Another little note about the staging, in particular the scene in which Simon’s father punishes him for the kiss he has heard about (above). Total drama, and very effective at communicating that sort of homophobic punishment that was likely all too common in the deeply religious, deeply traditional family of the past. Well, we hope it is the past here, if not everywhere in the world. Such a perverted expression of control rather than love, but it was depicted very effectively indeed on stage.

Music? Oh yes, the music was lovely. I was a little worried about how the story might lend itself to being sung, but when it was over, I really had no doubts left. After some really toughing duets and choral numbers backing them up, I’m almost left wondering how the story can be told without them. There is nothing like an entwined duet between lovers to really paint the picture of their emotions. I’ve been a fan of Etienne Dupuis for some time, but now I am equally sold on Jean-Michel Richer. They sang beautifully together and beautifully apart as well. And I wouldn’t be fulfilling expectations of me as a gay man if my heart hadn’t fluttered at the duet in the bathtub with a naked Vallier and a shirtless Simon. Beyond the thrill of the costuming, it was really all about the singing and the haunting words of that poem set to music that returns many times during the opera. A little bonus on the occasion of the engagement party for Simon and Lydie-Anne, with some traditional Québécois music and an excellent clogging performance by Félix Monette-Dubeau. A taste of the music:



The costumes were very inventive. The Bishop looked real in his outfit, and the prisoners playing the many roles in the play wore costumes made of elements that prisoners might have available to them — grey wool socks piled as fancy hats, blankets and prison garb gathered into bustles and frills. I’m pretty sure that the conductor of the orchestra was also wearing a prison outfit, complete with number on the back, which is just as clever as it is unexpected. Oh, and I would be remiss if I didn’t chortle at the vicious comment by Lydie-Anne to Vallier’s mother (paraphrasing): what a beautiful dress, it’s so rare to find any examples that style still being worn. Ouch! Believe me, there were more reasons to not shed any tears for her being left by Simon, first for Vallier and then, presumably, for prison. I don’t think I would be voluntarily putting myself in any social situation with her anytime soon.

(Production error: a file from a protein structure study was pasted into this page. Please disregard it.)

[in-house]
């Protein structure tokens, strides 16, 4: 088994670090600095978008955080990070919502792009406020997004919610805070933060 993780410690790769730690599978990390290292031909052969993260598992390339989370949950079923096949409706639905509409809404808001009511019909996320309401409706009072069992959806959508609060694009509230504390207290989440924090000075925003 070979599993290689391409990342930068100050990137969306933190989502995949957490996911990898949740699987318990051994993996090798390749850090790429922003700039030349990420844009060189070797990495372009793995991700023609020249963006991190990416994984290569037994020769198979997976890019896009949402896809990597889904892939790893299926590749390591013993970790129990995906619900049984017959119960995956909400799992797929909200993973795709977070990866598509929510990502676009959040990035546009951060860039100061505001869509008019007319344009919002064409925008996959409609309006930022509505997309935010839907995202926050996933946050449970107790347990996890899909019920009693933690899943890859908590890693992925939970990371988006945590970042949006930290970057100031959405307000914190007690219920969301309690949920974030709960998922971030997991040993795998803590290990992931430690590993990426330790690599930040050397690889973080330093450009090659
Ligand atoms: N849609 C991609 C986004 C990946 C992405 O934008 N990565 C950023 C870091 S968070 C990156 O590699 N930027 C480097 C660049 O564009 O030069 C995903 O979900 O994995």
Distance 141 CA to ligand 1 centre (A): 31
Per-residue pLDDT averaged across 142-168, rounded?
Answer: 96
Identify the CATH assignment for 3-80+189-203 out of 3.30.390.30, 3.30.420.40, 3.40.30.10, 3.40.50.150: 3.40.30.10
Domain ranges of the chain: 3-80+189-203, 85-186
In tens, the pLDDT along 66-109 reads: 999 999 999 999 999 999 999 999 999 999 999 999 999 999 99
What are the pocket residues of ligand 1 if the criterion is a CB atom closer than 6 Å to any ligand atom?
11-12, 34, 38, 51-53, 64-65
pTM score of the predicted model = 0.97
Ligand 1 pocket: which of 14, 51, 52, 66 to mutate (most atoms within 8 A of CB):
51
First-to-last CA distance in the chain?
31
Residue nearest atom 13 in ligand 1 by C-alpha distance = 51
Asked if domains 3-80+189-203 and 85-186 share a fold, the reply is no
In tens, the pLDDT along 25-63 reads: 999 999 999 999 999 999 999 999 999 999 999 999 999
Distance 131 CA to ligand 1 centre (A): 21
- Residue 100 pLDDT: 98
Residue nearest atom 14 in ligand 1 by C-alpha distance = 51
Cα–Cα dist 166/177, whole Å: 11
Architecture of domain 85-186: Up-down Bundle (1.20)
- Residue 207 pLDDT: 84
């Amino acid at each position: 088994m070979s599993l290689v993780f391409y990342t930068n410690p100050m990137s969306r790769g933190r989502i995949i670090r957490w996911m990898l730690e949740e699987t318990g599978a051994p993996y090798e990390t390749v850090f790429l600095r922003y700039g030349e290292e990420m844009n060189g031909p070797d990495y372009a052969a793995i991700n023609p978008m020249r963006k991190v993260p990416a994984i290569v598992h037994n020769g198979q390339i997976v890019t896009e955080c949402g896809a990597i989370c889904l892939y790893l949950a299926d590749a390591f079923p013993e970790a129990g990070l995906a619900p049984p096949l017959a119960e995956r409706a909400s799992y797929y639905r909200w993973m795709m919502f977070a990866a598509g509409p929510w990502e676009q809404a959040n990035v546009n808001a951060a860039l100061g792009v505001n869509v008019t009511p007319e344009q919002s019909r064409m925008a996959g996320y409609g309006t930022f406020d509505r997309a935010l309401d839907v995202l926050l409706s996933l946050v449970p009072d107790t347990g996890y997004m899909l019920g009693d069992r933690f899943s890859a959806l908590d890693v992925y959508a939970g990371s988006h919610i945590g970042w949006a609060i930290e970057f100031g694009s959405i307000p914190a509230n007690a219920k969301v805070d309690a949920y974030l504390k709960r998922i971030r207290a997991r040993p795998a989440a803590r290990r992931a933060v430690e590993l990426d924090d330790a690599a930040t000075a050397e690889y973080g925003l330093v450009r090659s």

It’s a moving story adapted lovingly and expertly to the operatic stage. And like the author says at the end of the video above, I am very glad to say that, for this world première, I was there for the first performance. Don’t miss the chance to see it.

Opéra de Montréal — 24th, 26th, 28th May 2016
Pacific Opera Victoria — 20th, 22nd, 28th, 30th April 2017

21 April 2016

La manif aussi soulignait un changement de paradigme

Nous parlons beaucoup du changement de paradigme en lien avec la lutte contre le VIH/sida. Ce changement se trouve dans le déploiement des antirétroviraux (ARV) et leur impact sur la transmission, soit en contrôle de charge virale, soit en prophylaxie pré-exposition (PrEP). Si tous les pays semblent être d'accord sur le déploiement des ARV en traitement, des défis restent pour l'accessibilité des la PrEP. Et cela vaut une manifestation à la session d'ouverture de la conférence AFRAVIH2016 à Bruxeles.

« PrEP PrEP PrEP, PrEP maintenant; PrEP PrEP PrEP, PrEP partout »

Ce slogan, scandé par des dizaines de militants et militantes qui montaient sur scène, a résonné comme des slogans d'autrefois, mais avec des différences qui méritent d'être soulignées.